J. Phys. Soc. Jpn. 81, 053701 (2012)
Sunseng Pyon, Kazutaka Kudo, and Minoru Nohara

In the field of superconductivity, considerable effort has been devoted to the research of new mechanisms beyond the Bardeen-Cooper-Schrieffer (BCS) theory, where electron-phonon interactions play a major role in the Cooper pairing. A typical example is high-temperature superconductivity in copper oxides. In spite of many theoretical proposals, few new mechanisms have been experimentally confirmed.

In this paper, the authors reported that a layered transition-metal dichalcogenide IrTe2 exhibits superconductivity with only 3.5% Pt substitution. It was previously known that IrTe2 exhibits an unusual structural transition accompanied by Ir-Ir bond formation at 250 K. The authors successfully obtained superconductivity by breaking this Ir-Ir bond by Pt substitution. In many exotic superconductors, superconductivity occurs when some order that causes electron localization is suppressed. This suggests that quantum fluctuation near a "quantum critical point" acts as a glue for Cooper pairing. In this context, there is a possibility that the superconductivity in (Ir,Pt)Te2, which is induced by suppressing the structural phase transition related to Ir-orbital ordering, is mediated by orbital fluctuations. This work, suggesting a new superconductivity mechanism, is highly appreciated.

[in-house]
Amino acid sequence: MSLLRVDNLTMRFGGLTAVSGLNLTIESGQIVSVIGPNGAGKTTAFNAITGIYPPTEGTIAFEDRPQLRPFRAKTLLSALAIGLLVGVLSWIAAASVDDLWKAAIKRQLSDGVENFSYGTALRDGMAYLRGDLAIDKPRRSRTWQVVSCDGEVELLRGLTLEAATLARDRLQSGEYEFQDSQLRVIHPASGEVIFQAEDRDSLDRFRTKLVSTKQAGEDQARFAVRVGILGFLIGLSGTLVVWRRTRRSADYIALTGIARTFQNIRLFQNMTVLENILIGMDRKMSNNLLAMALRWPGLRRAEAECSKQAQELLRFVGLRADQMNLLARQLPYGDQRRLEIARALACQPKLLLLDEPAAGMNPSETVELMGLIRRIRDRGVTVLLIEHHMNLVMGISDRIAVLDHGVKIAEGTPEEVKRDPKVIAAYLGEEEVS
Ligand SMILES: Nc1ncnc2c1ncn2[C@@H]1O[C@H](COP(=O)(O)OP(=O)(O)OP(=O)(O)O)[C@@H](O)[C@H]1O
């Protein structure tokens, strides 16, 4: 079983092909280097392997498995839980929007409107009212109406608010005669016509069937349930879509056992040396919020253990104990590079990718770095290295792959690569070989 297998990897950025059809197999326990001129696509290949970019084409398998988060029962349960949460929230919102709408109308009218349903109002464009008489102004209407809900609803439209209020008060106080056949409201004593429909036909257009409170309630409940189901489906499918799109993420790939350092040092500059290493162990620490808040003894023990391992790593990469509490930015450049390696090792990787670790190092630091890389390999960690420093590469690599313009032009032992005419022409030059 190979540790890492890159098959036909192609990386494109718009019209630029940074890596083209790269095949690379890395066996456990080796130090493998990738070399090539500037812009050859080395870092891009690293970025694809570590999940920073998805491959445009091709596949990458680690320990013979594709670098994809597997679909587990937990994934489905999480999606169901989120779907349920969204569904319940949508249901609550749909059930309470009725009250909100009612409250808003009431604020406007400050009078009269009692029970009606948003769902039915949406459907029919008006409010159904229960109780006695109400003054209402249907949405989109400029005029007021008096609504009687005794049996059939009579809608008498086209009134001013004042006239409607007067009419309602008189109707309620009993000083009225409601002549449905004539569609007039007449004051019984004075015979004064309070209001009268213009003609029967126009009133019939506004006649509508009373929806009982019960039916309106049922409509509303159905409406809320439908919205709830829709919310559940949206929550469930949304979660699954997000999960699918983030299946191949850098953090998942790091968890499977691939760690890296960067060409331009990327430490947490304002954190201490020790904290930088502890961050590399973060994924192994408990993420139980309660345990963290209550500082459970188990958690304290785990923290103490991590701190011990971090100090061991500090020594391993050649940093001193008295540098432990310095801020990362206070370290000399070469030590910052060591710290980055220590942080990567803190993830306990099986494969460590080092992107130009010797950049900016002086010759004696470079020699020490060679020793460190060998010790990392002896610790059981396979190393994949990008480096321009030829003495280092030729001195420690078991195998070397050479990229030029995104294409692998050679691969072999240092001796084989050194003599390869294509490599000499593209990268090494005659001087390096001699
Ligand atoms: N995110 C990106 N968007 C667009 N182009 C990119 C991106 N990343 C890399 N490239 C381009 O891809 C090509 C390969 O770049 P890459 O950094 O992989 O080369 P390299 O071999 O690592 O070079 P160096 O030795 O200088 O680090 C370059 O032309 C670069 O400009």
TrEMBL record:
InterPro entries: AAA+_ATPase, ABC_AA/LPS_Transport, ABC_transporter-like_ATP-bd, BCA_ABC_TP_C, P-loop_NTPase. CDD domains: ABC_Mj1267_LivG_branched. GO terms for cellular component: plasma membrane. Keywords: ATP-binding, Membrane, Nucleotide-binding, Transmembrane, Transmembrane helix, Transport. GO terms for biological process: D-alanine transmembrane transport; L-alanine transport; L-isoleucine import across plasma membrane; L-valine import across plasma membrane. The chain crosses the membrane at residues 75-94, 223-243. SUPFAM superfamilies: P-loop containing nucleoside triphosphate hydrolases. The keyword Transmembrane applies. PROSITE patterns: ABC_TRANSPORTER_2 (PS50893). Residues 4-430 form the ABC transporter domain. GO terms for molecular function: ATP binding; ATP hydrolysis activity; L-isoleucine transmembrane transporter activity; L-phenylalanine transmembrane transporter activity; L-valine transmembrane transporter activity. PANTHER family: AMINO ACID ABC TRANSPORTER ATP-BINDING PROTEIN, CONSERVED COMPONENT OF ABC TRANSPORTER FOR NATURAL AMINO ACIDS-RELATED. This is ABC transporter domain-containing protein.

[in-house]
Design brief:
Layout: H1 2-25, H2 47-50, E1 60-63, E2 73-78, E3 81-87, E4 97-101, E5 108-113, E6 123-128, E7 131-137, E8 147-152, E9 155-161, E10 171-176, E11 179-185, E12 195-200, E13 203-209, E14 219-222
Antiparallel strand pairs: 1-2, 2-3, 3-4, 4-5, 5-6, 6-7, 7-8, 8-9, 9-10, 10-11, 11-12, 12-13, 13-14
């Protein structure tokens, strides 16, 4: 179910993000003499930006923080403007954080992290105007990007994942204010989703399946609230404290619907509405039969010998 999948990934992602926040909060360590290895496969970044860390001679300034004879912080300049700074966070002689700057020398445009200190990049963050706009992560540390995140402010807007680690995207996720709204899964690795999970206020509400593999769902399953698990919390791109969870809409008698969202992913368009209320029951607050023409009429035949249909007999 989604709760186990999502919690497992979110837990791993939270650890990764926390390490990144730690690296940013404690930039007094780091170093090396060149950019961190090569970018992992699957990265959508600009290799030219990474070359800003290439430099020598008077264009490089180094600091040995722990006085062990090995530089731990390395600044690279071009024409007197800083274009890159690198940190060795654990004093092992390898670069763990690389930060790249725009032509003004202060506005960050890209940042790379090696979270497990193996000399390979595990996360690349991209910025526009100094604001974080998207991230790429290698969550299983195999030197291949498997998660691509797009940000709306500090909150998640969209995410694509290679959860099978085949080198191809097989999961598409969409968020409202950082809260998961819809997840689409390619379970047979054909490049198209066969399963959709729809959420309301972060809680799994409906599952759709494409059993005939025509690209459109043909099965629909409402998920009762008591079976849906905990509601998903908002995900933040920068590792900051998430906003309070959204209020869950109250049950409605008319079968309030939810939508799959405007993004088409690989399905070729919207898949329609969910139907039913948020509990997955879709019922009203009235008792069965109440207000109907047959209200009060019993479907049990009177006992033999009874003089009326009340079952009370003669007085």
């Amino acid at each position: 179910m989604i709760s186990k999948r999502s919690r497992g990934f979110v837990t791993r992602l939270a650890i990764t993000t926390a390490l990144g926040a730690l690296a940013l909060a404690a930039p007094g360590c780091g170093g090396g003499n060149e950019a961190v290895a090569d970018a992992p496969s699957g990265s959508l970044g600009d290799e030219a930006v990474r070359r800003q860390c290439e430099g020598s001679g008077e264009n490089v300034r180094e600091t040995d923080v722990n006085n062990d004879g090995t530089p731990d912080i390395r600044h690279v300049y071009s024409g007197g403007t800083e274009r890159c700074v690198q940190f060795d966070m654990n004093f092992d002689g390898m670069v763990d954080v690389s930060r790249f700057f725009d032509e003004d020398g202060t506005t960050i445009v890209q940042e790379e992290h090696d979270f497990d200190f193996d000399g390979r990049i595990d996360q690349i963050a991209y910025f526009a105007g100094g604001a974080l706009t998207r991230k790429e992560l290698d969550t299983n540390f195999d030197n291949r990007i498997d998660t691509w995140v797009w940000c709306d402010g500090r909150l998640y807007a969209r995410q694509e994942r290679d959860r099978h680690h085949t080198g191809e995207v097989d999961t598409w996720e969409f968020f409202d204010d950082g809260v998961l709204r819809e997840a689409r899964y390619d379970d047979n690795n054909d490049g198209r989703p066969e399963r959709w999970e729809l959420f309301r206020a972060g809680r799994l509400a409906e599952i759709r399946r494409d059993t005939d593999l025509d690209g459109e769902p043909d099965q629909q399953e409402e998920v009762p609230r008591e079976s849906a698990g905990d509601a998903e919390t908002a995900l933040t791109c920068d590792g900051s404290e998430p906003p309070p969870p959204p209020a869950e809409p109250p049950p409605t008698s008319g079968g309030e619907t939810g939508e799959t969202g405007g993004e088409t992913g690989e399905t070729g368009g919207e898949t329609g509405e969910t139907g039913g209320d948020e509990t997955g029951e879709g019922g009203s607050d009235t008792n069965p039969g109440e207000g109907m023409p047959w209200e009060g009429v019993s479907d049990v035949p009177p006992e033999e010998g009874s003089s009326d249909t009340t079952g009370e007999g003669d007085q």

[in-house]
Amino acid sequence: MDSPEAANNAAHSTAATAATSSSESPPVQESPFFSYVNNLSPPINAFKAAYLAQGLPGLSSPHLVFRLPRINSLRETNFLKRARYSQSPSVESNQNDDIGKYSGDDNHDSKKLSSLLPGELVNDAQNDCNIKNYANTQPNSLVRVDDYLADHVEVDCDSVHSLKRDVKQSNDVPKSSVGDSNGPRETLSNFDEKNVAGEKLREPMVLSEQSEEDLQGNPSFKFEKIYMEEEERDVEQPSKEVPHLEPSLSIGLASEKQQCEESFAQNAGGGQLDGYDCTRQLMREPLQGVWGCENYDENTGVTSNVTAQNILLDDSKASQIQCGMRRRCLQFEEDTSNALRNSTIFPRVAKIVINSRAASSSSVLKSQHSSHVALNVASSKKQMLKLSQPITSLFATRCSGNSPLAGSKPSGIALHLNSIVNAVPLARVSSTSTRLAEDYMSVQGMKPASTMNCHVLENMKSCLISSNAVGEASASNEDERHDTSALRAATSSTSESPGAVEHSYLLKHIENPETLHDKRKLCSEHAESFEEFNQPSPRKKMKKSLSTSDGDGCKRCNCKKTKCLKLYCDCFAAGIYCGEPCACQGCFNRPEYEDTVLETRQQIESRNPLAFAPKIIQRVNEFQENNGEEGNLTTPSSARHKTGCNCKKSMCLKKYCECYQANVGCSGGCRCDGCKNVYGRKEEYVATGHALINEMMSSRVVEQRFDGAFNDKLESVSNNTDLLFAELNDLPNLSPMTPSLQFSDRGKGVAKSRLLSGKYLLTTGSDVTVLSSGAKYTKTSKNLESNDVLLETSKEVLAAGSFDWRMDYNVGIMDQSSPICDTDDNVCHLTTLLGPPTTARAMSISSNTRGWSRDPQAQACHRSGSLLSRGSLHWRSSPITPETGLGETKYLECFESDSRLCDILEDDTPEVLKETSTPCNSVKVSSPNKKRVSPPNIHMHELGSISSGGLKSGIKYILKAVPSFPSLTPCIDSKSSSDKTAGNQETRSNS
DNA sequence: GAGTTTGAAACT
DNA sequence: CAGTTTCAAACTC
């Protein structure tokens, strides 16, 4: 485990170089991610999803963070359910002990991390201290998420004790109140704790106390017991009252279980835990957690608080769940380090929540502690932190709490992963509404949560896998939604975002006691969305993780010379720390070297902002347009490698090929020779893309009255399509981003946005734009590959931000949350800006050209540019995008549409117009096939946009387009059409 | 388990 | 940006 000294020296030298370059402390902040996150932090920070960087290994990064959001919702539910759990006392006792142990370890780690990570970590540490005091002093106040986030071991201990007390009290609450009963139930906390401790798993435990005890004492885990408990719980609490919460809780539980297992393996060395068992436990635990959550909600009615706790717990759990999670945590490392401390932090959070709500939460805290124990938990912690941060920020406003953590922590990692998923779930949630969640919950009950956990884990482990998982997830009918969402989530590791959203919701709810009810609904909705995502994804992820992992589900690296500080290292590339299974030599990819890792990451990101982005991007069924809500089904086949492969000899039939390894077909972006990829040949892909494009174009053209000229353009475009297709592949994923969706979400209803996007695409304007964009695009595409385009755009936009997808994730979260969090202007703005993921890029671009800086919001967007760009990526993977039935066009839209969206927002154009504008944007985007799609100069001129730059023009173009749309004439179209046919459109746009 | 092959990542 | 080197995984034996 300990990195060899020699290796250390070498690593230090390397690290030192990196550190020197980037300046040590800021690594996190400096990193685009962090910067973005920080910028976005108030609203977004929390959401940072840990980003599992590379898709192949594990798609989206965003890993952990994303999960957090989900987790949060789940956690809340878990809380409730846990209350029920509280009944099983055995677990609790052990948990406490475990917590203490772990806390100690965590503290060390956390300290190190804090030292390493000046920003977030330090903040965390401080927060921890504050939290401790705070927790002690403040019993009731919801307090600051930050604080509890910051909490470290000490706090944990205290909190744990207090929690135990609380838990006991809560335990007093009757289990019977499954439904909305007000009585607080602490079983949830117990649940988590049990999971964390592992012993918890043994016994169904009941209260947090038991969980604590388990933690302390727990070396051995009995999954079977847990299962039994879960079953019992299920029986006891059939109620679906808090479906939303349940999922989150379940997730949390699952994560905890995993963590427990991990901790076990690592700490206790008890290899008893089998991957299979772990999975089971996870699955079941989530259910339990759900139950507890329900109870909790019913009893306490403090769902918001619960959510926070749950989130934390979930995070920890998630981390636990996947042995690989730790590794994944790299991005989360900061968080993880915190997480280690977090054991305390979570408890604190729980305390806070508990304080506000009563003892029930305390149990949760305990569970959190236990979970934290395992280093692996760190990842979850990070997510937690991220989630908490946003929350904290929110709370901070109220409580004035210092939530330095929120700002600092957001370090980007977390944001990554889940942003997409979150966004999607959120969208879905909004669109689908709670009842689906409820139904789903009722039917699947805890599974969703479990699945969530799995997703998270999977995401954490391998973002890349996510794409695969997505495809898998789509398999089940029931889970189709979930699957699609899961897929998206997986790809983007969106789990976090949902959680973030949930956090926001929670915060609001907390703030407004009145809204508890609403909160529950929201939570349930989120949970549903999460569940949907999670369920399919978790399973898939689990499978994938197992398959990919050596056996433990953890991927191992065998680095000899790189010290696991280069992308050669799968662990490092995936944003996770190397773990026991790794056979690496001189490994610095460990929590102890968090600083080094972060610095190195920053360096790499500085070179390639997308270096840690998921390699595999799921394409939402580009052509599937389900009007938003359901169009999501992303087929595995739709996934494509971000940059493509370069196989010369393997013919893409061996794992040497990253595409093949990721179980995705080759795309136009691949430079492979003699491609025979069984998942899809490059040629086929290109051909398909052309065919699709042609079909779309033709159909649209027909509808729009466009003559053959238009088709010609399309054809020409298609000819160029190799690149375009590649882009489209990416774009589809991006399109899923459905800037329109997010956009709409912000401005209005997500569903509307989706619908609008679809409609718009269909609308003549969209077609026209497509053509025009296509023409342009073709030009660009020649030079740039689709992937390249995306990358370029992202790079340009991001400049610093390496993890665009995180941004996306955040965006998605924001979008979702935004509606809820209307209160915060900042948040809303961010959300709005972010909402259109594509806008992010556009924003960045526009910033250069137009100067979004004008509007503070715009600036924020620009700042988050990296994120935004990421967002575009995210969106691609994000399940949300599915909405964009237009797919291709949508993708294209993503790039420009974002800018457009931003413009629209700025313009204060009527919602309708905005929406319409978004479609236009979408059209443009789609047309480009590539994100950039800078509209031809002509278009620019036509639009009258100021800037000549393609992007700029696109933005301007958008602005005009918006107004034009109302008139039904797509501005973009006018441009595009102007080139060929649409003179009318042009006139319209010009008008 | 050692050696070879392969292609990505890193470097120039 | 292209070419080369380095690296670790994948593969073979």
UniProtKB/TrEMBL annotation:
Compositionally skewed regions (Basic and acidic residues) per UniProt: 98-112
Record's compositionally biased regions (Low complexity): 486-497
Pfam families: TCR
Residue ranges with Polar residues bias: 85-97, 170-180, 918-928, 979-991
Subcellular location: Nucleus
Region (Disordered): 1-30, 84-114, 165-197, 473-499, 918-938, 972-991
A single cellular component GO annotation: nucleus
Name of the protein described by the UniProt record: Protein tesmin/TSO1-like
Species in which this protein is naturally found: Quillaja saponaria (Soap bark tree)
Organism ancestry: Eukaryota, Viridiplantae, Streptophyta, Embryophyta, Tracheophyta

Other contributions of this study are (i) to indicate a new strategy of material design (creating superconductivity by chemical bond breaking), (ii) to refute the established idea that Te-compounds with a wide 5p band should be simple metals, and (iii) to discover a route to explore new phenomena and physics resulting from the hybridization of Te 5p and heavy-transition-metal 5d bands. Several studies were strongly motivated and influenced by this work. Hence, we conclude that this paper deserves the Outstanding Paper Award of the Physical Society of Japan.

Observation of tau neutrino appearance in the CNGS beam with the OPERA experiment
Prog. Theor. Exp. Phys. 2014, 101C01 (2014)
OPERA Collaboration
N. Agafonova, A. Aleksandrov, A. Anokhina, S. Aoki, A. Ariga, T. Ariga, T. Asada, D. Bender,